Qualcomm’s (NASDAQ:QCOM) stock has been pretty volatile of late. After the company released its Q2 results late last month, shares fell almost 7% as investors fretted over its lower-than-expected earnings guidance for the next quarter. Since then, the stock has moved up in line with the broader markets and recouped most of its losses. But if we look at the past three months’ performance, Qualcomm has underperformed the broader NASDAQ index. Since the end of February, Qualcomm has declined over 3% while NASDAQ is up about 10%.
A big reason for Qualcomm’s recent lackluster performance has been concerns over margins, which are showing signs of trending downward. With most of the future smartphone growth expected to come from the emerging markets, low-end smartphones will drive down the average selling prices (ASPs). This will not only have an impact on licensing revenues (which are based on handset ASPs), but also put pressure on chipset margins as the sales mix of low-margin chipsets increases. Last quarter’s chipset margins came in at 17%, down from the historical average of 20%.
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However, the company maintained its full year operating margin guidance for the chipset and licensing divisions, implying that the latter half of the year should pick up the slack as handset makers launch high-end smartphones in preparation for the holiday season. As a result, the company also expects ASP levels to hold firm for FY 2013 as compared to FY 2012 despite what looks like a slow start to the year. There also seems to be enough support to mobile ASPs in the near term, as new innovative features such as wireless charging, HD Wi-Fi and fingerprint-sensing hardware are added to high-end phones in the coming quarters.
In the longer term, however, there is likely to be pressure on margins and mobile device ASPs as the mix shifts towards emerging markets and LTE competition catches up. Keeping all these factors in view, we have a $70 price estimate for Qualcomm, about 10% ahead of the market.
ASP decline will impact high-margin licensing business
Most of the future smartphone volume growth is likely to come from emerging markets such as China and India as the wireless market in developed countries gets saturated and carriers there look to lengthen the smartphone upgrade cycle to lessen the subsidy impact. According to IDC, more than 210 million smartphones were sold in China last year giving the country a share of almost 30% of the world market and leaving the U.S. far behind. With a billion strong mobile subscriber base and carriers increasingly trying to transition their 2G base to 3G, China presents a huge opportunity for Qualcomm to not only gain from its chipset sales, but also earn a steady stream of licensing revenues. (see Qualcomm Introduces Three New Entry-Level Chipsets To Target Emerging Markets) However, an increasing mix of low-end mobile phones sold in the emerging markets will see mobile ASPs fall, limiting the upside to licensing fees from such a scenario.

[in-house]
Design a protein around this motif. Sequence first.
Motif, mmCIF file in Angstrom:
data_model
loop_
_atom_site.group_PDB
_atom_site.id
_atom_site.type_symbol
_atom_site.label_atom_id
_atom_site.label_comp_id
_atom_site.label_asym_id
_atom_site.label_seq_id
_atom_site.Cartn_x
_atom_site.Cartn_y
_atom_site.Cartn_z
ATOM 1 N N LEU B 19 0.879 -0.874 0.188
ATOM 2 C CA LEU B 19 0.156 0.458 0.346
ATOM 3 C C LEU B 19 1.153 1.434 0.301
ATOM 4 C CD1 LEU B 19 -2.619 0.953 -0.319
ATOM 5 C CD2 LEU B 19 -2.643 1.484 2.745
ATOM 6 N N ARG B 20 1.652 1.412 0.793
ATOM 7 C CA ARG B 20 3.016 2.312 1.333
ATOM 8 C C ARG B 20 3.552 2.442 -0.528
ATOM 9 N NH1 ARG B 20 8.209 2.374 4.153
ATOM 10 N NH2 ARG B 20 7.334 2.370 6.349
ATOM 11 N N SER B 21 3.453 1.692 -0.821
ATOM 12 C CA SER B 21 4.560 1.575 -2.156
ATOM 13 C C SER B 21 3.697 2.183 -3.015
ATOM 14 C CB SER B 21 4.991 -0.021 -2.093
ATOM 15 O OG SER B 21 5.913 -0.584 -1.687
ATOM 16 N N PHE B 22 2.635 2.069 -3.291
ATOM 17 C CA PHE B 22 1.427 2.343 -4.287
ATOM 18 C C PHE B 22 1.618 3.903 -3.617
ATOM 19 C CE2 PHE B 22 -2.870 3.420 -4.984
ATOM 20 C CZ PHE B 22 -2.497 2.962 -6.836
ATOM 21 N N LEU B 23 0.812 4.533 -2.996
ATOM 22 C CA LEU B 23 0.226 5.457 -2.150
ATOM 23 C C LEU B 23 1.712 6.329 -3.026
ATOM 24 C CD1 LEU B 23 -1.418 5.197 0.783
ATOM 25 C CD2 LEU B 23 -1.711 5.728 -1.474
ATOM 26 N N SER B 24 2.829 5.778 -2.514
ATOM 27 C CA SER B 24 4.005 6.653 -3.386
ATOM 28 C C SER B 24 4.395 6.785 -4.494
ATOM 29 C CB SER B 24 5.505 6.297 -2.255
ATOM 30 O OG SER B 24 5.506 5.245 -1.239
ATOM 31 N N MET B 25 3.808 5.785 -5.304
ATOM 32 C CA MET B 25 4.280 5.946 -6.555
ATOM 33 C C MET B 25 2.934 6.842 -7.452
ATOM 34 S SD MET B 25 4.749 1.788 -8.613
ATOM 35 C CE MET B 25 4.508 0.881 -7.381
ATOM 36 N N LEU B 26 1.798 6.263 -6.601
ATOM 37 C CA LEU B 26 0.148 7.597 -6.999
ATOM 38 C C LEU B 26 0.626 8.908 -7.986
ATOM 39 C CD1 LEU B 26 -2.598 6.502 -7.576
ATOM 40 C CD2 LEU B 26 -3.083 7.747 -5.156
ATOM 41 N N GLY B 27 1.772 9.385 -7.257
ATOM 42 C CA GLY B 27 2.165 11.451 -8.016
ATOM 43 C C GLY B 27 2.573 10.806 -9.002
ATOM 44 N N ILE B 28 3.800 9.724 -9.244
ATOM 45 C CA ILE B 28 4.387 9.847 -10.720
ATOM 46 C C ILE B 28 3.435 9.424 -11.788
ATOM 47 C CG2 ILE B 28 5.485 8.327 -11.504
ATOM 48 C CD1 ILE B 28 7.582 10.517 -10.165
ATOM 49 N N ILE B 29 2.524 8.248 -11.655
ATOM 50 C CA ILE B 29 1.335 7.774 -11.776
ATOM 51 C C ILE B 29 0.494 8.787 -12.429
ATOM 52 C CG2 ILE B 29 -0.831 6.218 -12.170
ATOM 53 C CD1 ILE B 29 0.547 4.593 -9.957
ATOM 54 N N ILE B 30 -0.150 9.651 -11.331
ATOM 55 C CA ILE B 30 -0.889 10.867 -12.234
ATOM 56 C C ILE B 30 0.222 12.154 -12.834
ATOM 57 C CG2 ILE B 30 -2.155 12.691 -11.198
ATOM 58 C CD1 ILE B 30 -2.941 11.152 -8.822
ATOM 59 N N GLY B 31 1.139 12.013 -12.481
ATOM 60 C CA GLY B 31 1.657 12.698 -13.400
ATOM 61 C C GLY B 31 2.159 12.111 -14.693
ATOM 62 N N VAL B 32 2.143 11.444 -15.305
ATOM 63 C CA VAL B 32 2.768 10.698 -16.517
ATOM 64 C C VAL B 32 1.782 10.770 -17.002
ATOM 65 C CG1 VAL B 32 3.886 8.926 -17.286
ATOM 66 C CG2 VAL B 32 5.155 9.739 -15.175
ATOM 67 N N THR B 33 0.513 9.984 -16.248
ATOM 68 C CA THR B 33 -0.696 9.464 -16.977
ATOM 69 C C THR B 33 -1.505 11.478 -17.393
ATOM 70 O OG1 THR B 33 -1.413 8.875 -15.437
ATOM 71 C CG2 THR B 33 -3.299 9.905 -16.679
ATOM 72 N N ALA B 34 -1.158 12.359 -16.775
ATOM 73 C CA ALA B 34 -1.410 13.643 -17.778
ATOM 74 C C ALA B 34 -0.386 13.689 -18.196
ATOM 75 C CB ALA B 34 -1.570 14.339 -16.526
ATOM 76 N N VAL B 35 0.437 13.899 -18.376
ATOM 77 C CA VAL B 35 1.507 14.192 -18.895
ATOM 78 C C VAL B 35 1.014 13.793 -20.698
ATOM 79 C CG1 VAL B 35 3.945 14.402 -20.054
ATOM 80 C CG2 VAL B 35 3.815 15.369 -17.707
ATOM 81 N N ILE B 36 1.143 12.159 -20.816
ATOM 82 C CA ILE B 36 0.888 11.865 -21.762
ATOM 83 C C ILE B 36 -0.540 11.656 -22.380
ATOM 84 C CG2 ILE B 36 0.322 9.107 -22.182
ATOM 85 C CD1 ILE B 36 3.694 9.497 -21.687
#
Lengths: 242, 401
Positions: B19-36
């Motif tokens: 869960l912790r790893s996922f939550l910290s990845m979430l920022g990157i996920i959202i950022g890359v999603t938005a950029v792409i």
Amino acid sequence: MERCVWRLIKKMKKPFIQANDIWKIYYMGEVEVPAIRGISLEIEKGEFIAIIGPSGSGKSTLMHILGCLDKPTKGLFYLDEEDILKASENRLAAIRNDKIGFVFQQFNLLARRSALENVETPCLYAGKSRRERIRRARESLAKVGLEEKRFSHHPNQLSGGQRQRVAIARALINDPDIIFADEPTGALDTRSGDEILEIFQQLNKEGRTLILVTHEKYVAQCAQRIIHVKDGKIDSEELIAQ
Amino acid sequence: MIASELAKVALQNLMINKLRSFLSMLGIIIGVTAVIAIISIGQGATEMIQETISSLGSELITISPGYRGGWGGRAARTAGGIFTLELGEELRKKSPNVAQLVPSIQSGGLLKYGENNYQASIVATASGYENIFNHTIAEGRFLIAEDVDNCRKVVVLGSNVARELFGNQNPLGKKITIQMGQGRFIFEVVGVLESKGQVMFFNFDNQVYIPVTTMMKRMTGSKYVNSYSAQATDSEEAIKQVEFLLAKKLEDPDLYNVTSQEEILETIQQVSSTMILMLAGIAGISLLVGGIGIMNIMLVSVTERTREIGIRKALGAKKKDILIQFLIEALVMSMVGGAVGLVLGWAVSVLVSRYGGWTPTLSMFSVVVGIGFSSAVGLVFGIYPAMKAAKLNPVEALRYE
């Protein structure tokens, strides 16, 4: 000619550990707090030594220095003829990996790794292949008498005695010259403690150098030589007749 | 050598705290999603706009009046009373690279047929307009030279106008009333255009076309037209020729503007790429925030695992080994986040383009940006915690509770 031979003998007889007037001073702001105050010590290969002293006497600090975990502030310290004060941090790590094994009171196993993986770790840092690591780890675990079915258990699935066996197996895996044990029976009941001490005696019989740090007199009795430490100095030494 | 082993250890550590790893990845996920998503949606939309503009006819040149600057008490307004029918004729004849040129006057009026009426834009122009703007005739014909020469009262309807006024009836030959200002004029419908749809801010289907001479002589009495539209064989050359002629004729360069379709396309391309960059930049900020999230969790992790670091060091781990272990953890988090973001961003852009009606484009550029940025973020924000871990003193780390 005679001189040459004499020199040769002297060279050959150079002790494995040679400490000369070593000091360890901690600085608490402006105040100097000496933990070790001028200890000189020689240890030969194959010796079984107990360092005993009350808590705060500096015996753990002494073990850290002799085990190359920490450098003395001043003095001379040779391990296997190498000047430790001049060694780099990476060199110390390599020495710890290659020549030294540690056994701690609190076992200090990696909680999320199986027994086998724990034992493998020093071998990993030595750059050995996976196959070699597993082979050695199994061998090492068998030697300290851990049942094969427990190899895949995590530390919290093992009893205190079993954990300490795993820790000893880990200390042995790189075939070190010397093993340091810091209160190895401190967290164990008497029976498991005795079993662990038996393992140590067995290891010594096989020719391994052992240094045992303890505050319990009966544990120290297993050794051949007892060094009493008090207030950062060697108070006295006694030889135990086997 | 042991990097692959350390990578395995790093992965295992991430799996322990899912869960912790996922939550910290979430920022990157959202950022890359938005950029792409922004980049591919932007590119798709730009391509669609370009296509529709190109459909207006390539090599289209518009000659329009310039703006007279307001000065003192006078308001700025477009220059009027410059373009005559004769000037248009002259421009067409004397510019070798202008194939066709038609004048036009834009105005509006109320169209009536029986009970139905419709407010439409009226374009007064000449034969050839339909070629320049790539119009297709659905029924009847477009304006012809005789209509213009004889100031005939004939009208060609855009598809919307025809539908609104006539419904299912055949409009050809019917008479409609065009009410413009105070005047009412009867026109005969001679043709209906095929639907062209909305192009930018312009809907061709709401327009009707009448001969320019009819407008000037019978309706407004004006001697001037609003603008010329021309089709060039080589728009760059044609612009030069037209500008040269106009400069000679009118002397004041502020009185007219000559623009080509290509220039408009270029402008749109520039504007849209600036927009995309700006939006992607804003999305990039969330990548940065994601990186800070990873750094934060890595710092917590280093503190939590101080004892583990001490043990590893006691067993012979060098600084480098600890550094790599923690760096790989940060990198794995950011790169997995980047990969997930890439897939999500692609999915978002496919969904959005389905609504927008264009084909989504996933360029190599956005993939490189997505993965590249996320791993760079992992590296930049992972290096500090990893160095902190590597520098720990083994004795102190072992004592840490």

We currently estimate that the 2G to 3G/4G transition will see 3G/4G penetration of mobile devices worldwide grow from about 50% currently to about 65% by the end of the forecast period. However, the increasing adoption of smartphones in the emerging markets buoyed by the growing number of low-end affordable smartphone options could see 3G/4G penetration increase to about 80% by the end of our forecast period. Such a scenario would add further 10% upside to our price estimate. However, if mobile ASPs fall to about $150 from the current level of $220 simultaneously due to the growing emerging market mix, the upside to our price estimate would be limited to only about 6%.
Qualcomm’s LTE Superiority Preserves High-end Dominance
As for 4G LTE, this high-speed technology is being widely promoted in the developed regions of the U.S., Japan and South Korea. Qualcomm has taken a big early lead in this market, having come to the market first with its LTE-capable baseband chipsets. Of the 47 million LTE-capable chipsets that were shipped last year, Qualcomm accounted for nearly 86%. This big lead is a testament to the company’s superiority in 3G/4G connectivity solutions which has helped it perform really well in the smartphone market so far.
As a result, while competitors are only now bringing their first LTE basebands to market, Qualcomm’s chipsets are in their third-generation already. Competition in the LTE market is growing with Samsung and Nvidia making their Exynos and Tegra line LTE-compatible, but we expect Qualcomm’s technological superiority to help it hold fort in the near term. This could be seen in Samsung’s decision to launch the Galaxy S4 with Qualcomm’s chipsets for LTE markets despite having a LTE-compatible chipset of its own. While Qualcomm’s huge initial market share is likely to decline over time due to increasing competition, the overall growth in the LTE market should help more than offset that impact going forward.